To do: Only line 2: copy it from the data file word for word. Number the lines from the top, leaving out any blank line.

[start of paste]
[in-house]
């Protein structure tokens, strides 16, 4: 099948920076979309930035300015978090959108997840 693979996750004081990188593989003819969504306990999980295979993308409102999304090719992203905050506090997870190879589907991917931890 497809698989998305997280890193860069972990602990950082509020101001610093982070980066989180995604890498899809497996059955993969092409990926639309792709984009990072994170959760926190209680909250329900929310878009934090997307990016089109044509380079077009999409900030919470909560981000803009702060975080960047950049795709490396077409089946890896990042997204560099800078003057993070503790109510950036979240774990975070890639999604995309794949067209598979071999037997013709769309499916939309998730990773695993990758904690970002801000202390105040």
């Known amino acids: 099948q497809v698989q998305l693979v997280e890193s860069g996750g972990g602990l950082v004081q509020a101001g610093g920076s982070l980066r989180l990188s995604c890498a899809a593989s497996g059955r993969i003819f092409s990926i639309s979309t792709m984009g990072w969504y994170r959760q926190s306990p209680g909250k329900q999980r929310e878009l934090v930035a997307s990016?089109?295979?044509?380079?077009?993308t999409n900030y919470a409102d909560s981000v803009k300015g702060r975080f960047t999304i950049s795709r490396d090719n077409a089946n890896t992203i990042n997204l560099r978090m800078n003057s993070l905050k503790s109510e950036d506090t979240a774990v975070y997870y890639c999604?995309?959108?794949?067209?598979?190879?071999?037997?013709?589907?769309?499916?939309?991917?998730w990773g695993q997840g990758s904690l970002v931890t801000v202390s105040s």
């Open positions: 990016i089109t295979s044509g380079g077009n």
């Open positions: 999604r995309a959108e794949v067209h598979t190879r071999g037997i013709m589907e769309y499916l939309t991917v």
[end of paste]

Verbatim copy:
């Protein structure tokens, strides 16, 4: 099948920076979309930035300015978090959108997840 693979996750004081990188593989003819969504306990999980295979993308409102999304090719992203905050506090997870190879589907991917931890 497809698989998305997280890193860069972990602990950082509020101001610093982070980066989180995604890498899809497996059955993969092409990926639309792709984009990072994170959760926190209680909250329900929310878009934090997307990016089109044509380079077009999409900030919470909560981000803009702060975080960047950049795709490396077409089946890896990042997204560099800078003057993070503790109510950036979240774990975070890639999604995309794949067209598979071999037997013709769309499916939309998730990773695993990758904690970002801000202390105040």